Written by G.Russell
We may be only 4 months into the year but I can say with some degree of certainty that Bloodborne will be my favourite game of 2015. Which you might think is a little ridiculous, because you never know what’s around the corner, but I’ll be very surprised if another game comes along this year and affects me the way that Bloodborne has. It has dominated my life since the second I brought it home. I’ve poured 70 hours in over two weeks. When I’m not playing it, I’m thinking about it. I’m talking about it. I’m writing about it. I’m dreaming about it.
I never knew that my life was missing a videogame that takes elements from H.P Lovecraft’s brand of cosmic horror and weaves an unsettling tale about metamorphosis, transcendence and humanity’s lust for contact with the impossibly powerful beings that straddle dimensions. But that is exactly what Hidetaka Miyazaki and From Software have delivered. Drape those themes over a framework of trademark Miyazaki difficulty, ambiguity, exploration and pitch-perfect combat and you’ve got, at least in my opinion, one of the finest videogames ever made. I can’t imagine anything topping it. Certainly not this year. Not many moments pass by in the game when I’m not in awe of what I’m experiencing so, in an attempt to try to clear some space in my head, here’s a few of my personal highlights from all over the game.
Warning : spoliers will follow.
I’ve completed Bloodborne twice now and uncovered all areas and optional bosses so this post will discuss everything in detail. Also, for the sake of brevity, I’ll discuss elements of the lore without divulging all of the associated back story. I assume that if you’re reading this you’ll know the difference between the Healing Church and the scholars at Byrgenwerth but, if not, Rich Stanton does a great job of laying all the lore out in great detail here. Anyway, here are Bloodborne’s best bits according to me.
The mother of all Miyazaki shortcuts
Everyone who has played Dark Souls will remember the feeling of creating that shortcut in Undead Burg. That moment where, after (potentially) hours of terrifying exploration and snail-paced progress, you kick down a ladder and descend it to find that, despite travelling for what feels like miles in multiple directions, you’re actually standing directly above the last checkpoint you’ve been starting from. By kicking down that ladder the new section of the level which you’ve worked so hard to get to is now accessible from your starting point, letting you avoid a lot of the punishment it takes to get there. Bloodborne’s exploration relies even more heavily on these shortcuts, eschewing Dark Souls 2‘s abundance of bonfires and instead relying on multiple paths that, via locked doors and gates, all lead back to the 1 or 2 lanterns throughout the vast areas. But this particular shortcut I want to mention doesn’t exist to aid progression, it exists to deservedly show off just how incredibly interconnected From Software’s game world is. After fighting your way through the grim, maze-like Forbidden Woods and following its paths that seem to be leading ever-downwards you can find a cave hidden at the end of a narrow forest trail. Navigate its rocky surfaces, again leading you further and further down, and you will emerge into a large opening; the floor covered in diseased, poisonous waters. At the back of this cave there is an impossibly tall series of ladders which, if you ascend it, leads you up and out through a grave, back onto the surface. The area in which you emerge looks oddly familiar but it’s only when you unlock the graveyard’s gate that you realise you are standing back in the courtyard of the blood treatment clinic where you stood at the very start of the game. Not only impressive from a technical standpoint (by this point you couldn’t feel further away from the streets of that starting city) but it also sends the story in intriguing directions. Why has the clinic got direct, secret access to a forbidden part of the city? What’s the deal with the piles of twisted, mangled and deformed bodies that lie at the foot of this ladder? Why has Iosefka, the clinic’s nurse, been demanding that you send any stranded citizens directly to her? Perhaps you should use that broken window you can see to get back in to this clinic and start getting some answers. I’d have your weapon ready, though.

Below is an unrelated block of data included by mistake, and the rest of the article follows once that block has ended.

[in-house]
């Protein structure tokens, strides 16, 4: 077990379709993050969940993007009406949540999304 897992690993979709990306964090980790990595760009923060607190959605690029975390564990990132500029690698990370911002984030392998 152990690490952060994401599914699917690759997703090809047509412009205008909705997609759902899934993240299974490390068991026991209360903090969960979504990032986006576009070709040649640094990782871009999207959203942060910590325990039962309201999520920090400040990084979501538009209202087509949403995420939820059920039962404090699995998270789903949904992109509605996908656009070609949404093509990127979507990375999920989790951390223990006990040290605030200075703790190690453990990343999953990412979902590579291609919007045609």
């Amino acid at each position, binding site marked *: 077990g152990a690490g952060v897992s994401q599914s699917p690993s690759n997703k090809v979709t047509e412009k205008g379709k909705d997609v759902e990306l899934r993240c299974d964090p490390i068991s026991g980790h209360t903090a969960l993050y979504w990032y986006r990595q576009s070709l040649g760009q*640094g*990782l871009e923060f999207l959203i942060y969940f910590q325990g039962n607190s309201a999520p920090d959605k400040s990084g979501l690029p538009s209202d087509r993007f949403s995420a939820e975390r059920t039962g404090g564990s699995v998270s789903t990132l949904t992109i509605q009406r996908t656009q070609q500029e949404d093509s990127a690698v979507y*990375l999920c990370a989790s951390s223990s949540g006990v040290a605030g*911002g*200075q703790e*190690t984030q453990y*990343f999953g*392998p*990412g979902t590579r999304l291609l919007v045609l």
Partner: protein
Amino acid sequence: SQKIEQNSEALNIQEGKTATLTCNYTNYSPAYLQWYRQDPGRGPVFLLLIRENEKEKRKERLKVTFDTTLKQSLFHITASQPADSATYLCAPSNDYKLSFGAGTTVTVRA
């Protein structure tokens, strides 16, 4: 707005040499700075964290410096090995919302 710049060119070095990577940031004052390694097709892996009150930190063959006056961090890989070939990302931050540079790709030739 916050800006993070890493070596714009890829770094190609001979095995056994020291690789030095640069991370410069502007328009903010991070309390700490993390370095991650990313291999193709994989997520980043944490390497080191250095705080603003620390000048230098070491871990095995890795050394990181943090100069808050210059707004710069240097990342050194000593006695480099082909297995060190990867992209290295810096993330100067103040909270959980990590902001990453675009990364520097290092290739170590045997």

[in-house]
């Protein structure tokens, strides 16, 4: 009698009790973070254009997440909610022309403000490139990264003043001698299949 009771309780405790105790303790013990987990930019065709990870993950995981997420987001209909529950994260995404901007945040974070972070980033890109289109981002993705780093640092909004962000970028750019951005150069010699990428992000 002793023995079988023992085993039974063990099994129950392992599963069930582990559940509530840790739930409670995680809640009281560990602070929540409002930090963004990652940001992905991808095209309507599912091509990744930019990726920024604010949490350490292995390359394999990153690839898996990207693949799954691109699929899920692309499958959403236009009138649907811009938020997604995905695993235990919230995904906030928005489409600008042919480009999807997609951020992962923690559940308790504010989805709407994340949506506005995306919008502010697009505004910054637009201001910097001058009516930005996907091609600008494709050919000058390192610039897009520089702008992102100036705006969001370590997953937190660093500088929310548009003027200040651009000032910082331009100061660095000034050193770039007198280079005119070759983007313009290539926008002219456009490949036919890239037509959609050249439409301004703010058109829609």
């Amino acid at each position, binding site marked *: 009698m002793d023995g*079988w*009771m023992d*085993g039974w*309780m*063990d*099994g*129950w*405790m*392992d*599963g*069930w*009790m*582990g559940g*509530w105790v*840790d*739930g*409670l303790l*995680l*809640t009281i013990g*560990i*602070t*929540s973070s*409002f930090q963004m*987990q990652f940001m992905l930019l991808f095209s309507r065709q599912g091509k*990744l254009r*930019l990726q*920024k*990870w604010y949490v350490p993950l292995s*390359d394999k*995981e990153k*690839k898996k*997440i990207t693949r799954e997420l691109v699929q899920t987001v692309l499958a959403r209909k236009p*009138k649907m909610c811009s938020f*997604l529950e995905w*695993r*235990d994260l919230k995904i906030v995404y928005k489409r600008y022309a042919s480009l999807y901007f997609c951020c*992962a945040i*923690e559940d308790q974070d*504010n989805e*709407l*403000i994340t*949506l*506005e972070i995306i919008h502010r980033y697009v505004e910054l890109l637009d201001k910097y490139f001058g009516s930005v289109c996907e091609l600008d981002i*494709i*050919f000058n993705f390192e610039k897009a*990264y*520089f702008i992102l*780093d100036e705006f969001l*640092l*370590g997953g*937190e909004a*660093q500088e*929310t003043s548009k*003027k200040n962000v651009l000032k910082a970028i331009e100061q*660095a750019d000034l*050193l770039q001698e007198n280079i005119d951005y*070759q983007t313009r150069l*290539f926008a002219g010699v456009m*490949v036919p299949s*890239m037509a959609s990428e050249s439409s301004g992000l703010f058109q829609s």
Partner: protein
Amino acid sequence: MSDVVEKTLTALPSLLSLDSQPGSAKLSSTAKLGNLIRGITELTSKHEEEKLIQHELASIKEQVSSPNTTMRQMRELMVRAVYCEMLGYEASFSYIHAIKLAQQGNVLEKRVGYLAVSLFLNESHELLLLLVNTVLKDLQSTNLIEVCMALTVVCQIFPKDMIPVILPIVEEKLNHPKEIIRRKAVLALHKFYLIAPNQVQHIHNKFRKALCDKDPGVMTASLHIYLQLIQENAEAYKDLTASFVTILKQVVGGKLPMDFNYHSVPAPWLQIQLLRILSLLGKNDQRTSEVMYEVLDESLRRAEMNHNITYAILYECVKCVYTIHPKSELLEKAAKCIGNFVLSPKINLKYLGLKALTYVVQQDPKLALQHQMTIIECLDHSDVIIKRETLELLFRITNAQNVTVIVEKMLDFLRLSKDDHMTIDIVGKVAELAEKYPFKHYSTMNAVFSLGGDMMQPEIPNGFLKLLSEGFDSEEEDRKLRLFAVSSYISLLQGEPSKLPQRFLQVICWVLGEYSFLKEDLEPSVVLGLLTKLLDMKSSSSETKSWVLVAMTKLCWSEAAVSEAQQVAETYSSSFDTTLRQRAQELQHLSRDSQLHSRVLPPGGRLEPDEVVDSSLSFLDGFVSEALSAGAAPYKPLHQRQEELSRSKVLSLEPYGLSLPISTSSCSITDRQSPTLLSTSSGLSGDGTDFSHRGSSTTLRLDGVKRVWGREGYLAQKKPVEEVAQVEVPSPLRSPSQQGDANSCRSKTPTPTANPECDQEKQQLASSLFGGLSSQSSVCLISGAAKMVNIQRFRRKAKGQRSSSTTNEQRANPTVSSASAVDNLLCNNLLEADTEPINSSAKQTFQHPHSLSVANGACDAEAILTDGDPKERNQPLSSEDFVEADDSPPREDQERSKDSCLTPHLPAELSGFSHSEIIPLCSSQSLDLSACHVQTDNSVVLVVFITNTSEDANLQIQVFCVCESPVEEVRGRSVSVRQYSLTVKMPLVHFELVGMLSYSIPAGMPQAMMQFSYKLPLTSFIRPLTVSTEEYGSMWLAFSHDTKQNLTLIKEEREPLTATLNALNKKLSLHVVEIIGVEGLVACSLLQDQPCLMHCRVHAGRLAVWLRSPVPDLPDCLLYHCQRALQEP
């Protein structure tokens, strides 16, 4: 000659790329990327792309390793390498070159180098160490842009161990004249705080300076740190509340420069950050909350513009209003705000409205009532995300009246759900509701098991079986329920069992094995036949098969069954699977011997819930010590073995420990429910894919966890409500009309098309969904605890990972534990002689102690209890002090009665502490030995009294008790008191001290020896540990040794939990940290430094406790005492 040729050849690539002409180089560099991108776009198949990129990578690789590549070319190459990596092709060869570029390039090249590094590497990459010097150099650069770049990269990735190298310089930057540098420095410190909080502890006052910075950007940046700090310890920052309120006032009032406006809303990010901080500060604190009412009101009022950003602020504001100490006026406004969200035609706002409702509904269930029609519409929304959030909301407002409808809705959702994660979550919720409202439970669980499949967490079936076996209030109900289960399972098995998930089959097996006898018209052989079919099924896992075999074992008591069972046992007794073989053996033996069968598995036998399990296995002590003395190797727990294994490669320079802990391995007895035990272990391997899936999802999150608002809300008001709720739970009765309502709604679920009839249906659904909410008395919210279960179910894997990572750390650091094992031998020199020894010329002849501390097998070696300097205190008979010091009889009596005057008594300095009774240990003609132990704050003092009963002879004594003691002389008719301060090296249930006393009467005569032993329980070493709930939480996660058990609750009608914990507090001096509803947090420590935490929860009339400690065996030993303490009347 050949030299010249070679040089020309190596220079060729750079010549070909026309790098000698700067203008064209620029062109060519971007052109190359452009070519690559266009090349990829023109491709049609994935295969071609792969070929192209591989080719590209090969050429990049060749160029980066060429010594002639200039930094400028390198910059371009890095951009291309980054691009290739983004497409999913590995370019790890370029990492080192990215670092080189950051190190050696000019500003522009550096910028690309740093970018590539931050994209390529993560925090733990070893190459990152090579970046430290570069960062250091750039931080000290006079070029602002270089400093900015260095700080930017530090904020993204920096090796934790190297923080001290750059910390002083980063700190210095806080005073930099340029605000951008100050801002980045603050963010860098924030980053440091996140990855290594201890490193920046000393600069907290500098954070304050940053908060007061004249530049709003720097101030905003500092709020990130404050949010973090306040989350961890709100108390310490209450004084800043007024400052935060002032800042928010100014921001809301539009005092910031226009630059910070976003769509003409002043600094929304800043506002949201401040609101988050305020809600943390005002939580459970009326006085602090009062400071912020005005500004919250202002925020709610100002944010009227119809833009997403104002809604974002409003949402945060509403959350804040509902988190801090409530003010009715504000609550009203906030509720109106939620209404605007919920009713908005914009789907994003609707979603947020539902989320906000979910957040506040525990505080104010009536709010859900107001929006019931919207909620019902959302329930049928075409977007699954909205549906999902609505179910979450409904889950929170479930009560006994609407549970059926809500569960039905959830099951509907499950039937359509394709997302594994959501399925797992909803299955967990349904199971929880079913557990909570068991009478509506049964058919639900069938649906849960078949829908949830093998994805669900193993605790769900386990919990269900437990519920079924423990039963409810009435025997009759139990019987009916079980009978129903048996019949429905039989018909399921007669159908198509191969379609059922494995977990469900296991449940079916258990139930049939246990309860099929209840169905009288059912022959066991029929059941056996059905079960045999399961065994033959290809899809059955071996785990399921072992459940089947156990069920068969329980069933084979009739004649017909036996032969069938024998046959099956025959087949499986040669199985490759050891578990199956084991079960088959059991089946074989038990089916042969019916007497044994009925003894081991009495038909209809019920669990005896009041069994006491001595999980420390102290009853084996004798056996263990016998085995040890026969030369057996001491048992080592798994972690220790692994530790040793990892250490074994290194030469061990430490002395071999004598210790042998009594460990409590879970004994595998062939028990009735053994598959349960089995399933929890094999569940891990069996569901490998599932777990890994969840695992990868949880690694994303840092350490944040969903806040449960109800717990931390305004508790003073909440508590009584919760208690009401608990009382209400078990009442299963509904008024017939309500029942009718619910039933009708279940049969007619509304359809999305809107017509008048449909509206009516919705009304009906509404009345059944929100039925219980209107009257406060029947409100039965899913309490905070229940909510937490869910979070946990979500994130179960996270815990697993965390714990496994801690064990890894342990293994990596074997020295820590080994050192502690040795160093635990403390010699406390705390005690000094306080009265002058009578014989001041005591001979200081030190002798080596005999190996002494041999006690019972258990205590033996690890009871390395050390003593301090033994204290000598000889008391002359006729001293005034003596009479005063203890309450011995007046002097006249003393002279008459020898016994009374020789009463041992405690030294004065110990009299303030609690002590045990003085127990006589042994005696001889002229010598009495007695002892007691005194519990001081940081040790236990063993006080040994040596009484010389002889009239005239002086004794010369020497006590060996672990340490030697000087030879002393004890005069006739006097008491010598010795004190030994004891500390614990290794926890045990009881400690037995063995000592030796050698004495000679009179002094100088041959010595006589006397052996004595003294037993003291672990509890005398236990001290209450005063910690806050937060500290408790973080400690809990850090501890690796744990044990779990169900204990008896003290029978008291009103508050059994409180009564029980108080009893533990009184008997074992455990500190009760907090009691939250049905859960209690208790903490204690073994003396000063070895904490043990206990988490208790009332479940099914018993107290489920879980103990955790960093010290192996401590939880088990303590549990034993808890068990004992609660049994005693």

FINDING THE abandoned old workshop